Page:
Iraqi MPs reach agreement on new electoral law


Iraqi lawmakers reached agreement on Sunday on a new version of a stalled electoral law, paving the way for polls early next year, the deputy speaker of parliament Khalid al-Attiya told AFP.

“An agreement has been reached and MPs will vote on the text of the law shortly,” Attiya said before an emergency session to put it to the vote.

Approval of a new draft of the law sidesteps a veto that Vice President Tareq al-Hashemi had threatened, and comes late in the evening after a marathon emergency session of parliament.

Hashemi had torpedoed a previous version of the law last month, leading to further negotiations and delaying already late elections.

According to parliament deputy speaker Khalid al-Attiya, the law will expand parliament from 275 seats to 325, 310 of which will be allotted to Iraq’s 18 provinces, with the remainder reserved for religious minorities and blocs that garnered national support but did not win seats in individual provinces.

It is a revised version of the first draft of the election law, with three additional seats for provinces in northern Iraq’s autonomous region of Kurdistan, and one fewer reserved seat.

Kurdish parties expressed concerns that their seat allocations had not risen above the 2005 figures, while predominantly Sunni and Shiite provinces had seen increases, a parliamentary official said, speaking on condition of anonymity.

The official told AFP that UN and US diplomats lobbied MPs over the weekend to come to an agreement on the law, which has been debated by lawmakers for more than two months.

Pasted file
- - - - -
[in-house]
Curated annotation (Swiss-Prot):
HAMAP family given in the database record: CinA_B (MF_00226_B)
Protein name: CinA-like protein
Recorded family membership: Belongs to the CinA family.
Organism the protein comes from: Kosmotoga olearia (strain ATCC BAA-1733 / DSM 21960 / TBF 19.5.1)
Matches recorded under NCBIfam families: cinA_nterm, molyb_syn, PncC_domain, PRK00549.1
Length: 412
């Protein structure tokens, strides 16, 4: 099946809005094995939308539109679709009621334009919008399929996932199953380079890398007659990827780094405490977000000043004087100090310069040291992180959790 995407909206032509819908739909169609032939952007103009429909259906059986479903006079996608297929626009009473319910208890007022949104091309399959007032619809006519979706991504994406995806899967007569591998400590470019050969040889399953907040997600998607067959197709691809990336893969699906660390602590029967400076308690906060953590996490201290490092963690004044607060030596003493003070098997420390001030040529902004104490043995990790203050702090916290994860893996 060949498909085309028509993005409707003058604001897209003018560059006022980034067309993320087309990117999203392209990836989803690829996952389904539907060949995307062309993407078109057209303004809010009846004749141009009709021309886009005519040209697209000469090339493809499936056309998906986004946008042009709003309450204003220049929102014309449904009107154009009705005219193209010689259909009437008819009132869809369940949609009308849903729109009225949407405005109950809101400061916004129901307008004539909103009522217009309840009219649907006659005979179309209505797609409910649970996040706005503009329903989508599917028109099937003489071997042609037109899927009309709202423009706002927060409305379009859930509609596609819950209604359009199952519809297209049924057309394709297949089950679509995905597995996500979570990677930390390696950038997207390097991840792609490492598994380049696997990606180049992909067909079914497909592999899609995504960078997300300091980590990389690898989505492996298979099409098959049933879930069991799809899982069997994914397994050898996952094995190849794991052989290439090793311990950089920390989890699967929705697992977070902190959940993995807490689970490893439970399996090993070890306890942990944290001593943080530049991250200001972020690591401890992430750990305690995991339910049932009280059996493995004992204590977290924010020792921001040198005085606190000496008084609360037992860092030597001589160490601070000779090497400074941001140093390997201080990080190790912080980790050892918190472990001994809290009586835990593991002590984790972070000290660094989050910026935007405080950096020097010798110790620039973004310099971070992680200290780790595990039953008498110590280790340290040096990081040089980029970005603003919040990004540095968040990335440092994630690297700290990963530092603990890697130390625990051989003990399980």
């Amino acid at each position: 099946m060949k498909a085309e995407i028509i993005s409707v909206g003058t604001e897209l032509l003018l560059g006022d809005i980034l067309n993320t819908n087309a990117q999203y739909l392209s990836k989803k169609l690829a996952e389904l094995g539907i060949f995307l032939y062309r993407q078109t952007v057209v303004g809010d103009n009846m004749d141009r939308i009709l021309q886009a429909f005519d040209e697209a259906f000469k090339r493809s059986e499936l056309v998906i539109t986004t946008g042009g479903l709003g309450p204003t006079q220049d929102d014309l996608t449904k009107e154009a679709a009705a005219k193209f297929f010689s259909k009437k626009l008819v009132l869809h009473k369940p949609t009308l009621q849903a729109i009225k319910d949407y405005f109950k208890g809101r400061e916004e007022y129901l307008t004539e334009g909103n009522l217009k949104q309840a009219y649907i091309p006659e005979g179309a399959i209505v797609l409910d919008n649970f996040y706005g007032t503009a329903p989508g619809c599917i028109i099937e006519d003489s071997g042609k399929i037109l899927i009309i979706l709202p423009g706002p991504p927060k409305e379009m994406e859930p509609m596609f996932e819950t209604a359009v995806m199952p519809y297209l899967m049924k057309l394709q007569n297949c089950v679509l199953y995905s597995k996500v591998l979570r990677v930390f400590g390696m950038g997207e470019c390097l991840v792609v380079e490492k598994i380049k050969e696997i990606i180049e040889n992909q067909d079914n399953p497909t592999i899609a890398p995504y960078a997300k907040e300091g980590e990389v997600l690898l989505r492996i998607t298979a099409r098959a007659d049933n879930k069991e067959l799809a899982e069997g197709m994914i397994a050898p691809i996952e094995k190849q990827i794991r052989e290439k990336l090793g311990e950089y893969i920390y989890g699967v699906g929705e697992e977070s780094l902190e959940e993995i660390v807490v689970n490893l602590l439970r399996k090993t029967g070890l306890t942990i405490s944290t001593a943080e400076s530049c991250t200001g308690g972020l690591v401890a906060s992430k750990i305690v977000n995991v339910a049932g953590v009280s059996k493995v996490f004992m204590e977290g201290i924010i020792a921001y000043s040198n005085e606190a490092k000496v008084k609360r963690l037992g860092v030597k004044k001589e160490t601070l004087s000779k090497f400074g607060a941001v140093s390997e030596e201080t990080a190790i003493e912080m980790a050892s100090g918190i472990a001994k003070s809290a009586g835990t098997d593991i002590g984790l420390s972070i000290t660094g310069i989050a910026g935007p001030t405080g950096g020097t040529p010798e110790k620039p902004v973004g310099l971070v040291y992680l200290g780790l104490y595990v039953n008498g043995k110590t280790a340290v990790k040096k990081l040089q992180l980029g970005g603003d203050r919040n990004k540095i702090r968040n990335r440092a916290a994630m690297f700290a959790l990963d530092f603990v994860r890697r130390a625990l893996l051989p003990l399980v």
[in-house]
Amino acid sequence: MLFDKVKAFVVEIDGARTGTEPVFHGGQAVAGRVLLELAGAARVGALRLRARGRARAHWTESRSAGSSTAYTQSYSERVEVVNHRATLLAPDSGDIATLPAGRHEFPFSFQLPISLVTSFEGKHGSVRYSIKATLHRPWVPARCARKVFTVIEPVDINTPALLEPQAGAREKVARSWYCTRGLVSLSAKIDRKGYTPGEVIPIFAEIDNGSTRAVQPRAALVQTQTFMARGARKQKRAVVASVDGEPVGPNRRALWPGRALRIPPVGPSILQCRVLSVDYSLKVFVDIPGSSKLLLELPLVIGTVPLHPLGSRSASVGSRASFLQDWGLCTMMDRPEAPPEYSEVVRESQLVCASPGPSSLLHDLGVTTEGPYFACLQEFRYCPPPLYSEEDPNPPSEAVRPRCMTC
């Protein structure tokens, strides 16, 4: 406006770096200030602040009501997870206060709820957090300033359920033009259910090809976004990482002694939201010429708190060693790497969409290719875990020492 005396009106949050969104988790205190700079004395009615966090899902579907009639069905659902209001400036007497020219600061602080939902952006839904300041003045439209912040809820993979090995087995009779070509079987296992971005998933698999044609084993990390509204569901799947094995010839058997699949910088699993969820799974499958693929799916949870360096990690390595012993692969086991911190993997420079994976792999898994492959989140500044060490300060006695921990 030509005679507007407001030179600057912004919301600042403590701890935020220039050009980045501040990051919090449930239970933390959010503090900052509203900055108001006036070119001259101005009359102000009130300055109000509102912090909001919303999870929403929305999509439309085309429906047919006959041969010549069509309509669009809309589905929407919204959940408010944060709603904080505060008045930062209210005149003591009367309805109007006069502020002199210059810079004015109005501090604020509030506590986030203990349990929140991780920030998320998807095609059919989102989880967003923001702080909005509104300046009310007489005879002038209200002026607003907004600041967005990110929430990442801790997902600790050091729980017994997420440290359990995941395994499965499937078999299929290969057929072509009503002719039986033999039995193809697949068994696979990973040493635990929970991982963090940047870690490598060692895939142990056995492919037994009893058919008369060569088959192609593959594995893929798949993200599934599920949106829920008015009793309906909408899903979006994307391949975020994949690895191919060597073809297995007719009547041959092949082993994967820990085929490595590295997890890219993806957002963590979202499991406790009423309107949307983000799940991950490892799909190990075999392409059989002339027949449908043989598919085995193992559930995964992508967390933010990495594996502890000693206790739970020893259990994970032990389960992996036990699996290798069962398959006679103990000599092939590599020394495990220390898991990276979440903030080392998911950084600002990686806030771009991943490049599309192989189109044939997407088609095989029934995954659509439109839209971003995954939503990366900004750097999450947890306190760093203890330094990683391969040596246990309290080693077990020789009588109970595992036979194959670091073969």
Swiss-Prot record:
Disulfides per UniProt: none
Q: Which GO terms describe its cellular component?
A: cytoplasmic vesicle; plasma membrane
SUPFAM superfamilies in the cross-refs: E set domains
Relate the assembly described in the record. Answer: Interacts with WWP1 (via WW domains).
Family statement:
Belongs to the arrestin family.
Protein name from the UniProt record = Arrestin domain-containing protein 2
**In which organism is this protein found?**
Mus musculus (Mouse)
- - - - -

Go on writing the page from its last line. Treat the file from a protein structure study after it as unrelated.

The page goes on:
No definitive election date has yet been set. The polls originally scheduled for January 16 have been delayed because of the failure by MPs to agree on the new law.

The United Nations on Wednesday proposed February 27 as the most “feasible” date for parliamentary elections, nearly a month later than the deadline set by the constitution.

Parliament speaker Iyad al-Samarrai has said the election could be delayed to as late as March.

In principle, the constitution requires that the poll, the second since a US-led invasion ousted dictator Saddam Hussein in 2003, be held by the end of January.

A law had initially been passed on November 8 but Hashemi, a Sunni, vetoed it 10 days later, citing a lack of representation for Iraqi exiles, the vast majority of whom are Sunnis.

MPs subsequently passed a second version, which Hashemi threatened to veto, that upped the number of seats for Kurds but reduced that figure for Sunnis, leading to the protracted negotiations that concluded on Sunday evening.

American diplomats have pushed MPs to pass the law, with Washington seeking to avoid delays to the planned pullout of tens of thousands of its troops from Iraq in 2010.

The United States has 115,000 soldiers in Iraq, but that figure will drop markedly next year as all of its combat troops are pulled out before a complete withdrawal by the end of 2011.

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